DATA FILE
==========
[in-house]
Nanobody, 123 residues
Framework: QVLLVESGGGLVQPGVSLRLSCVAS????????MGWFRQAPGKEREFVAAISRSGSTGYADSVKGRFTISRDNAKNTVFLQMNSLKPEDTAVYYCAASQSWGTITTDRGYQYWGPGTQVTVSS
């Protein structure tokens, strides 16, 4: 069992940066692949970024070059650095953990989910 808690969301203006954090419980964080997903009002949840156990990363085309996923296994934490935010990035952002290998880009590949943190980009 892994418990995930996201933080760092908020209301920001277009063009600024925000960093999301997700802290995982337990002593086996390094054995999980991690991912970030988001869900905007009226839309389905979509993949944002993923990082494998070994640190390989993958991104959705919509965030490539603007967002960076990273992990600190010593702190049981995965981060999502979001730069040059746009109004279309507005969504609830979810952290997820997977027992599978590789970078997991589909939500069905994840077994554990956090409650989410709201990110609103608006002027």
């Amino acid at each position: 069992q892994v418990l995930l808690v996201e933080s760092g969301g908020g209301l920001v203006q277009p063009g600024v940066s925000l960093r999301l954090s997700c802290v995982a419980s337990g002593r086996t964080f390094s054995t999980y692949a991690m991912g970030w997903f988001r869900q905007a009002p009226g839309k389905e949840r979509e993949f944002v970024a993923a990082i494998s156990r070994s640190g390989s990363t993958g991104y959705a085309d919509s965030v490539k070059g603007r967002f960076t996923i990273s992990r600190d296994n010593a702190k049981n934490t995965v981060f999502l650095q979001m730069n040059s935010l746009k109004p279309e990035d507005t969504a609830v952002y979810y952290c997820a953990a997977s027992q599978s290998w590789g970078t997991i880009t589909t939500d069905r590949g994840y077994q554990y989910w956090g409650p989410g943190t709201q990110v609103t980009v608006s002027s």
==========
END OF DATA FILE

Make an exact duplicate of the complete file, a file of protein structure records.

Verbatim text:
[in-house]
Nanobody, 123 residues
Framework: QVLLVESGGGLVQPGVSLRLSCVAS????????MGWFRQAPGKEREFVAAISRSGSTGYADSVKGRFTISRDNAKNTVFLQMNSLKPEDTAVYYCAASQSWGTITTDRGYQYWGPGTQVTVSS
């Protein structure tokens, strides 16, 4: 069992940066692949970024070059650095953990989910 808690969301203006954090419980964080997903009002949840156990990363085309996923296994934490935010990035952002290998880009590949943190980009 892994418990995930996201933080760092908020209301920001277009063009600024925000960093999301997700802290995982337990002593086996390094054995999980991690991912970030988001869900905007009226839309389905979509993949944002993923990082494998070994640190390989993958991104959705919509965030490539603007967002960076990273992990600190010593702190049981995965981060999502979001730069040059746009109004279309507005969504609830979810952290997820997977027992599978590789970078997991589909939500069905994840077994554990956090409650989410709201990110609103608006002027």
């Amino acid at each position: 069992q892994v418990l995930l808690v996201e933080s760092g969301g908020g209301l920001v203006q277009p063009g600024v940066s925000l960093r999301l954090s997700c802290v995982a419980s337990g002593r086996t964080f390094s054995t999980y692949a991690m991912g970030w997903f988001r869900q905007a009002p009226g839309k389905e949840r979509e993949f944002v970024a993923a990082i494998s156990r070994s640190g390989s990363t993958g991104y959705a085309d919509s965030v490539k070059g603007r967002f960076t996923i990273s992990r600190d296994n010593a702190k049981n934490t995965v981060f999502l650095q979001m730069n040059s935010l746009k109004p279309e990035d507005t969504a609830v952002y979810y952290c997820a953990a997977s027992q599978s290998w590789g970078t997991i880009t589909t939500d069905r590949g994840y077994q554990y989910w956090g409650p989410g943190t709201q990110v609103t980009v608006s002027s």